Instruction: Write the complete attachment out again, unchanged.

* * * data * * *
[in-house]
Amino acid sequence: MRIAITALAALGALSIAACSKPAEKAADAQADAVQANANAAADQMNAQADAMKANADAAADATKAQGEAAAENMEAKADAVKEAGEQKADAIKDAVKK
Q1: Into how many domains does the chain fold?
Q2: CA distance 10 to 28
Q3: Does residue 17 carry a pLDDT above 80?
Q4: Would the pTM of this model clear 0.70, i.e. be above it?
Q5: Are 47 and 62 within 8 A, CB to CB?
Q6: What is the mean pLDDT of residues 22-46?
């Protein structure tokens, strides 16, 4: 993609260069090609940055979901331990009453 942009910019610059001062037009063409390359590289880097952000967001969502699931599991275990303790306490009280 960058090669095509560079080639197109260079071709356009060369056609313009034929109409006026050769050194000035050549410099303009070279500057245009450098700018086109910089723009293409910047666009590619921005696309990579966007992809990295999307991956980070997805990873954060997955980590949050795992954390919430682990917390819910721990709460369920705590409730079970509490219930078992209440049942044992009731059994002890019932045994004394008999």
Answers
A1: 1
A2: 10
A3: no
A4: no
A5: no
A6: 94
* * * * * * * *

[in-house]
Amino acid sequence: MRIAITALAALGALSIAACSKPAEKAADAQADAVQANANAAADQMNAQADAMKANADAAADATKAQGEAAAENMEAKADAVKEAGEQKADAIKDAVKK
Q1: Into how many domains does the chain fold?
Q2: CA distance 10 to 28
Q3: Does residue 17 carry a pLDDT above 80?
Q4: Would the pTM of this model clear 0.70, i.e. be above it?
Q5: Are 47 and 62 within 8 A, CB to CB?
Q6: What is the mean pLDDT of residues 22-46?
């Protein structure tokens, strides 16, 4: 993609260069090609940055979901331990009453 942009910019610059001062037009063409390359590289880097952000967001969502699931599991275990303790306490009280 960058090669095509560079080639197109260079071709356009060369056609313009034929109409006026050769050194000035050549410099303009070279500057245009450098700018086109910089723009293409910047666009590619921005696309990579966007992809990295999307991956980070997805990873954060997955980590949050795992954390919430682990917390819910721990709460369920705590409730079970509490219930078992209440049942044992009731059994002890019932045994004394008999």
Answers
A1: 1
A2: 10
A3: no
A4: no
A5: no
A6: 94